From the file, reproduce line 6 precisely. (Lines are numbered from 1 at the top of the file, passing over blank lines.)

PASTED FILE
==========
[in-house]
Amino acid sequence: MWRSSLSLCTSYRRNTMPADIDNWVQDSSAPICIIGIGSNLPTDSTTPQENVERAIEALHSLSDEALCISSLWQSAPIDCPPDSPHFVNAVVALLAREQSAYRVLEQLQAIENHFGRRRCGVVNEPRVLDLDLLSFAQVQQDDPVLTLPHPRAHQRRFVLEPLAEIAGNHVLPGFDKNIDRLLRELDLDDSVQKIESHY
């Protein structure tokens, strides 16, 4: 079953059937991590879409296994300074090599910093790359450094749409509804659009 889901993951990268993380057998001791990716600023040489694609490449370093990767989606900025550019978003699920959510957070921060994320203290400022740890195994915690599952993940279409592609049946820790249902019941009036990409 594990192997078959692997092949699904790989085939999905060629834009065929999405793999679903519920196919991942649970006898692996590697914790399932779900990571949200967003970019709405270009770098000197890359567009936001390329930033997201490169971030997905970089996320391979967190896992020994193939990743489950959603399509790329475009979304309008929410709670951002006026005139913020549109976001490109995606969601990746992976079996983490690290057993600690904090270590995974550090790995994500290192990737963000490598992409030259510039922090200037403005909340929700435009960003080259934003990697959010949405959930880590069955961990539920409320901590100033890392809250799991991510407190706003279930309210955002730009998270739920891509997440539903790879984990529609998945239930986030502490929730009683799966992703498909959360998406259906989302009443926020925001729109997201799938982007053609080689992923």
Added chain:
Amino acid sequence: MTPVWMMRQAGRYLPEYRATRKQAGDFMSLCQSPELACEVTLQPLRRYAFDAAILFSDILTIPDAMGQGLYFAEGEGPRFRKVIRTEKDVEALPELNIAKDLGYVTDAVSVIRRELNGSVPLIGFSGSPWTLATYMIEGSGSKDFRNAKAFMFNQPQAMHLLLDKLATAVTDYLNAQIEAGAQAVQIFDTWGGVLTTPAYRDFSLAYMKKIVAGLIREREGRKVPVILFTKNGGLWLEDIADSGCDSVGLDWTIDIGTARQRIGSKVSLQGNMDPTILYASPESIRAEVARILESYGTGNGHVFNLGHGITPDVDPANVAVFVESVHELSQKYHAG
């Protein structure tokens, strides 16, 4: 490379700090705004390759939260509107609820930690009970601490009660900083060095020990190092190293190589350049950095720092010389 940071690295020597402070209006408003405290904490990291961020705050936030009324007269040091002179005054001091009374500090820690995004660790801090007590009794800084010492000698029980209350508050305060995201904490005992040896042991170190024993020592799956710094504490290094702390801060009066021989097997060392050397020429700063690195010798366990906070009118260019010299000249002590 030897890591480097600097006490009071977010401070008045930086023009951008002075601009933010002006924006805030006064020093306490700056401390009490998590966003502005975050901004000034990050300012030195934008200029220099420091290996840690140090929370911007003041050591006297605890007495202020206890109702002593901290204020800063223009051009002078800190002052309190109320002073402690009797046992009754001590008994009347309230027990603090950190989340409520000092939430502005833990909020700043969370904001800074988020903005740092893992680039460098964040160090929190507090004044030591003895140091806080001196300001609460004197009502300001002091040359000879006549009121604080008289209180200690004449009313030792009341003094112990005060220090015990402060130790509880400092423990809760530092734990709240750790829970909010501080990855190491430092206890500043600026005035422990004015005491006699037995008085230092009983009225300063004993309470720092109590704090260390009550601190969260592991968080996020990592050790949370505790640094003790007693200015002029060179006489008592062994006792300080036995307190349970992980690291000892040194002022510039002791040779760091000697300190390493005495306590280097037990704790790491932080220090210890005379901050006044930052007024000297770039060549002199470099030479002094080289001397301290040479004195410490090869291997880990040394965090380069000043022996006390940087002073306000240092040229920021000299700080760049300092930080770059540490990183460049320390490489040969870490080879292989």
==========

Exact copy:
């Protein structure tokens, strides 16, 4: 490379700090705004390759939260509107609820930690009970601490009660900083060095020990190092190293190589350049950095720092010389 940071690295020597402070209006408003405290904490990291961020705050936030009324007269040091002179005054001091009374500090820690995004660790801090007590009794800084010492000698029980209350508050305060995201904490005992040896042991170190024993020592799956710094504490290094702390801060009066021989097997060392050397020429700063690195010798366990906070009118260019010299000249002590 030897890591480097600097006490009071977010401070008045930086023009951008002075601009933010002006924006805030006064020093306490700056401390009490998590966003502005975050901004000034990050300012030195934008200029220099420091290996840690140090929370911007003041050591006297605890007495202020206890109702002593901290204020800063223009051009002078800190002052309190109320002073402690009797046992009754001590008994009347309230027990603090950190989340409520000092939430502005833990909020700043969370904001800074988020903005740092893992680039460098964040160090929190507090004044030591003895140091806080001196300001609460004197009502300001002091040359000879006549009121604080008289209180200690004449009313030792009341003094112990005060220090015990402060130790509880400092423990809760530092734990709240750790829970909010501080990855190491430092206890500043600026005035422990004015005491006699037995008085230092009983009225300063004993309470720092109590704090260390009550601190969260592991968080996020990592050790949370505790640094003790007693200015002029060179006489008592062994006792300080036995307190349970992980690291000892040194002022510039002791040779760091000697300190390493005495306590280097037990704790790491932080220090210890005379901050006044930052007024000297770039060549002199470099030479002094080289001397301290040479004195410490090869291997880990040394965090380069000043022996006390940087002073306000240092040229920021000299700080760049300092930080770059540490990183460049320390490489040969870490080879292989």